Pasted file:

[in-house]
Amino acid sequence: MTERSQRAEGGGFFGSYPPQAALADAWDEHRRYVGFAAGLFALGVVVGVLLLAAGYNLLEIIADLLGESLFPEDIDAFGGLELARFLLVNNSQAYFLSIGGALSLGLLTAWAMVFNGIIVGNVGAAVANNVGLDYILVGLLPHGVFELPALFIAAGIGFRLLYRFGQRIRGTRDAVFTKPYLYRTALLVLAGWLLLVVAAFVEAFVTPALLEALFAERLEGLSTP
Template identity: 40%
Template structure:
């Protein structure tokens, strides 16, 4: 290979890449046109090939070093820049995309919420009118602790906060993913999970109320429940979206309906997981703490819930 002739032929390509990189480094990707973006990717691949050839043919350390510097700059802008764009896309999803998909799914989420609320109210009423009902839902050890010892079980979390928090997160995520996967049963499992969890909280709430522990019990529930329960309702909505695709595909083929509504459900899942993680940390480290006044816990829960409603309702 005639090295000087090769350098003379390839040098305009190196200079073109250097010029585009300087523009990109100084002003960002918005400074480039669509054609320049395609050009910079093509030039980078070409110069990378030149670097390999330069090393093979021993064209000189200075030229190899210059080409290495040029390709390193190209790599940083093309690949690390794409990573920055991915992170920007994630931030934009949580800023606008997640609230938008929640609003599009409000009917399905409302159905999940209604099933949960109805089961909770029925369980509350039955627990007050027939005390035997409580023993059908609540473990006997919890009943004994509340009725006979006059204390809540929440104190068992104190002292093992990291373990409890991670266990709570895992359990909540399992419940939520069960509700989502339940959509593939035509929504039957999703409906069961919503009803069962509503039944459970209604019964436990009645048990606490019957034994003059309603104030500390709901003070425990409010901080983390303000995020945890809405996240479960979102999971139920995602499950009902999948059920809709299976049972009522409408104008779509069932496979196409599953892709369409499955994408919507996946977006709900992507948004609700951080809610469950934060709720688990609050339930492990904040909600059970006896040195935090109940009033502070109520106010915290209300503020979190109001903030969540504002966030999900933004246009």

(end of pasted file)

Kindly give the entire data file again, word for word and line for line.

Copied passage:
[in-house]
Amino acid sequence: MTERSQRAEGGGFFGSYPPQAALADAWDEHRRYVGFAAGLFALGVVVGVLLLAAGYNLLEIIADLLGESLFPEDIDAFGGLELARFLLVNNSQAYFLSIGGALSLGLLTAWAMVFNGIIVGNVGAAVANNVGLDYILVGLLPHGVFELPALFIAAGIGFRLLYRFGQRIRGTRDAVFTKPYLYRTALLVLAGWLLLVVAAFVEAFVTPALLEALFAERLEGLSTP
Template identity: 40%
Template structure:
């Protein structure tokens, strides 16, 4: 290979890449046109090939070093820049995309919420009118602790906060993913999970109320429940979206309906997981703490819930 002739032929390509990189480094990707973006990717691949050839043919350390510097700059802008764009896309999803998909799914989420609320109210009423009902839902050890010892079980979390928090997160995520996967049963499992969890909280709430522990019990529930329960309702909505695709595909083929509504459900899942993680940390480290006044816990829960409603309702 005639090295000087090769350098003379390839040098305009190196200079073109250097010029585009300087523009990109100084002003960002918005400074480039669509054609320049395609050009910079093509030039980078070409110069990378030149670097390999330069090393093979021993064209000189200075030229190899210059080409290495040029390709390193190209790599940083093309690949690390794409990573920055991915992170920007994630931030934009949580800023606008997640609230938008929640609003599009409000009917399905409302159905999940209604099933949960109805089961909770029925369980509350039955627990007050027939005390035997409580023993059908609540473990006997919890009943004994509340009725006979006059204390809540929440104190068992104190002292093992990291373990409890991670266990709570895992359990909540399992419940939520069960509700989502339940959509593939035509929504039957999703409906069961919503009803069962509503039944459970209604019964436990009645048990606490019957034994003059309603104030500390709901003070425990409010901080983390303000995020945890809405996240479960979102999971139920995602499950009902999948059920809709299976049972009522409408104008779509069932496979196409599953892709369409499955994408919507996946977006709900992507948004609700951080809610469950934060709720688990609050339930492990904040909600059970006896040195935090109940009033502070109520106010915290209300503020979190109001903030969540504002966030999900933004246009």